Supplement: Adventitial-Medial Interactions in Thoracic Aortic Diseases

Grants and Contracts Details


Alzheimer’s disease (AD) is closely linked to cardiovascular risk factors. This includes a well known association between hypertension and AD. The renin-angiotensin system contributes to hypertension through its bioactive peptide angiotensin II (AngII) acting on AT1 receptor. Consequently, there has been considerable interest in exploring whether and how AngII and AT1 receptor contribute to AD and AD-related dementia. In agreement with this potential role of AngII and AT1 receptor interaction in AD, there are now several ongoing clinical trials to determine effects of AT1 receptor antagonism on the progression of AD. The parent grant is studying the role of AngII infusion on the development of aortopathies, with specific focus on the mechanism of ascending aortic aneurysms in mice. We have reported previously that chronic subcutaneous infusion of AngII also causes vascular pathology in the abdominal aorta and the superior mesenteric artery. This mouse model has been extensively used by more than 50 laboratories internationally to study mechanisms of aortic pathologies. However, no studies have explored effects of AngII infusion on cerebral vasculature and cognitive function in this mouse model. In this proposed supplement we will determine whether chronic AngII infusion promotes pathological changes in cerebral vasculature that are correlated with cognitive dysfunction and neural pathology. This project will use the existing mouse model described in the parent grant. Mice will be infused with different dose of AngII (100 - 1000 ng/kg/min) for different durations (4 - 12 weeks) to determine whether AngII induces cerebral vasculature pathologies and cognitive impairment. To determine whether this is a direct effect of AngII or effects of hypertension per se, we will compare AngII and norepinephrine that increase blood pressure to equivalent magnitude on cerebral vasculopathy and cognitive impairment. Since female has higher prevalence of cognitive dysfunction, we will study both male and female mice. The proposed project will be benefitted from the availability of sophisticated microscopy on the University of Kentucky campus that permits detailed characterization of cerebral vascular structure in mice, while cognitive function can be determined using the gold standard for AD of a Morris water maze. Cerebral vascular pathologies and impairment of cognitive function in this mouse model will be further explored by collaboration with neurological scientists in our department.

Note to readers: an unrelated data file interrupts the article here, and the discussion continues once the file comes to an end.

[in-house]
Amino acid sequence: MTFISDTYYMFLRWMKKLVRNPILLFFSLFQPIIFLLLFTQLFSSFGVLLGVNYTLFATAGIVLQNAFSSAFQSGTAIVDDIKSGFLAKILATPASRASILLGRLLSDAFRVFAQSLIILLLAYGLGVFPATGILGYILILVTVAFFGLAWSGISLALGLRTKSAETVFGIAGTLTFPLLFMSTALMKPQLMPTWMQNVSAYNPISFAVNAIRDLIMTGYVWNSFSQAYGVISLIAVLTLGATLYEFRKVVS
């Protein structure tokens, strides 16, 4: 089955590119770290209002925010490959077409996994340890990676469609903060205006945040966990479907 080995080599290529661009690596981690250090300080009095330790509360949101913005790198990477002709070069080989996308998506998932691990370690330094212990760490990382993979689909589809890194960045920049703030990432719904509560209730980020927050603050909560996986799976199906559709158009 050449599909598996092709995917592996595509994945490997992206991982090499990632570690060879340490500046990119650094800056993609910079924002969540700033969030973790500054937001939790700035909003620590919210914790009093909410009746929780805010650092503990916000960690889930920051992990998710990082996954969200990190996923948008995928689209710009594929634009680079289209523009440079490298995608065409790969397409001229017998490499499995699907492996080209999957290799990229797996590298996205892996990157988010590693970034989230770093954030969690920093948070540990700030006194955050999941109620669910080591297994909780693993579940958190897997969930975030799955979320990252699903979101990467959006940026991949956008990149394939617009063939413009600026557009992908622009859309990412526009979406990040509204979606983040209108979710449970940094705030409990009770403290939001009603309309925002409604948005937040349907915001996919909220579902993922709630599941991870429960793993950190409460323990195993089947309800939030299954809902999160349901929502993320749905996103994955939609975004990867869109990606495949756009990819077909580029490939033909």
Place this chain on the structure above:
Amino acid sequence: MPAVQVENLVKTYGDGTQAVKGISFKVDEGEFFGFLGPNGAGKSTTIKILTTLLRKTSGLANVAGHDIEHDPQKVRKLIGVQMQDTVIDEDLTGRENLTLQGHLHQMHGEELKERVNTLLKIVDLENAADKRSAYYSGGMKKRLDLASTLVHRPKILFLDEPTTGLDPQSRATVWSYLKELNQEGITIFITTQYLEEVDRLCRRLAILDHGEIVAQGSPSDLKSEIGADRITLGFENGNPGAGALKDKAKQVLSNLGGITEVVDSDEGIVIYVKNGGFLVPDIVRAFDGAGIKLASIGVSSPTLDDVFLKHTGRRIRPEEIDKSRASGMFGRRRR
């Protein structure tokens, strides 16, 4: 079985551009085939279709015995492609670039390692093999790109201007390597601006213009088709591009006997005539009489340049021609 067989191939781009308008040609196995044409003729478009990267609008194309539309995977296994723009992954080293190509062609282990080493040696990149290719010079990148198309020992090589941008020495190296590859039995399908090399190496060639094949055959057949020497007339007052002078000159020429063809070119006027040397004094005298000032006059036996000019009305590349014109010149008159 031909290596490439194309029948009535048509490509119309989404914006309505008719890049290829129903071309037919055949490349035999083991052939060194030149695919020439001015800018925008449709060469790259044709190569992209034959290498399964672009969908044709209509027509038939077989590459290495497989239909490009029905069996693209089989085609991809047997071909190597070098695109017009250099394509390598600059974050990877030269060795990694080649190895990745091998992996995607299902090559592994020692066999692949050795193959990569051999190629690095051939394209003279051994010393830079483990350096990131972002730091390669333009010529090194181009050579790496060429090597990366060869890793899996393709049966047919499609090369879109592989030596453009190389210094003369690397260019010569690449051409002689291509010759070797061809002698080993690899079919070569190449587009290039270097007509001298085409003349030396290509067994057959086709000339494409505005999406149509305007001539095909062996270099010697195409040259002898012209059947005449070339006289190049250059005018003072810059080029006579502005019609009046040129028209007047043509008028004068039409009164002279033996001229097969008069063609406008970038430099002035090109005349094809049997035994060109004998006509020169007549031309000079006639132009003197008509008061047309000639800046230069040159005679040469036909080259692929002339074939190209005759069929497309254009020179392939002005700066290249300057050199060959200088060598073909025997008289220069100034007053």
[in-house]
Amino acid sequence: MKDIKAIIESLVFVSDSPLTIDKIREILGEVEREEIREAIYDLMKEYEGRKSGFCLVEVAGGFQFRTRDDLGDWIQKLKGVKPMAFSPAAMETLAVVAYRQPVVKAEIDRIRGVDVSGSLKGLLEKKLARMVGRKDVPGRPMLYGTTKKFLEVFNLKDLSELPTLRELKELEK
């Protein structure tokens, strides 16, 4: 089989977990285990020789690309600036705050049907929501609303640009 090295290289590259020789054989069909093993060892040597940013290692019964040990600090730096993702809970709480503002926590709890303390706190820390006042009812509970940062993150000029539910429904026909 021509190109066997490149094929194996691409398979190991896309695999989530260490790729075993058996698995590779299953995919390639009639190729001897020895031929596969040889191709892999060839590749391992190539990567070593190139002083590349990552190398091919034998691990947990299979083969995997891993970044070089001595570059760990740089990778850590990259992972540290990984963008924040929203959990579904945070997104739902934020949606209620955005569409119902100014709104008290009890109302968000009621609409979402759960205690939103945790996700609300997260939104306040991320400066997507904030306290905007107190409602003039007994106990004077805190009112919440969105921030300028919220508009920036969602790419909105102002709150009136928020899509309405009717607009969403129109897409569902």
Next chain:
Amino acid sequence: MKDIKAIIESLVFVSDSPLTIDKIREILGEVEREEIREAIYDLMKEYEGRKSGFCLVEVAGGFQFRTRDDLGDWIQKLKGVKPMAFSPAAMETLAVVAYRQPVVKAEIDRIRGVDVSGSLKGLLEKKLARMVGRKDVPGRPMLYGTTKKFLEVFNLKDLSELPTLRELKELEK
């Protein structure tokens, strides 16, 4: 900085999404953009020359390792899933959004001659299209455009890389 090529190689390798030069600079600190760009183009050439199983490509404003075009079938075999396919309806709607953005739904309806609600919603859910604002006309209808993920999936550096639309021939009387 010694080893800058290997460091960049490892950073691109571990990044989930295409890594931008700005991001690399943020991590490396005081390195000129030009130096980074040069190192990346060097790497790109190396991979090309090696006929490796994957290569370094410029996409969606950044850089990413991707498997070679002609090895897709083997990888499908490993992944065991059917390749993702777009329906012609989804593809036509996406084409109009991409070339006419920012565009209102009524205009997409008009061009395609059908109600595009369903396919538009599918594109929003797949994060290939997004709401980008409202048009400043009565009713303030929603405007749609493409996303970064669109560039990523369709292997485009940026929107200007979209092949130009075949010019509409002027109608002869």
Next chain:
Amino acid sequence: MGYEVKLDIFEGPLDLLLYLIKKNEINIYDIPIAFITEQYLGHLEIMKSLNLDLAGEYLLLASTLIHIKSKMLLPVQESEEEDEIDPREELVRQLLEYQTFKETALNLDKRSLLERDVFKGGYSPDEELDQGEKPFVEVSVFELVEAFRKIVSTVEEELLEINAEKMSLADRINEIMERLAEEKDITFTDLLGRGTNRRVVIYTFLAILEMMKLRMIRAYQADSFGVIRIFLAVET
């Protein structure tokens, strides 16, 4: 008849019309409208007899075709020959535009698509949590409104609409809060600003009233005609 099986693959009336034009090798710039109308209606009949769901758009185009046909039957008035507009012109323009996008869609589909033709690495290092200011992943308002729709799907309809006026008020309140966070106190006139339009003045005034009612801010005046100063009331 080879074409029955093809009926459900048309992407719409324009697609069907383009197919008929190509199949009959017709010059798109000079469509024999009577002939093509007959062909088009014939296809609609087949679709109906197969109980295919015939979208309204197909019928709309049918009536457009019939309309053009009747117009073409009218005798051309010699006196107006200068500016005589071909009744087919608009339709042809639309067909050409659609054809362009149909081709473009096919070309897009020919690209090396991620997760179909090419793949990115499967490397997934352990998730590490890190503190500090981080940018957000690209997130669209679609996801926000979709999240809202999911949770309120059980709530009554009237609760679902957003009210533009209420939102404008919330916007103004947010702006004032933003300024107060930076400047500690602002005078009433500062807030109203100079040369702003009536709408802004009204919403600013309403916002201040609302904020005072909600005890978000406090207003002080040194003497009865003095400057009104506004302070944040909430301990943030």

Effective start/end date6/1/165/31/21


  • National Heart Lung and Blood Institute


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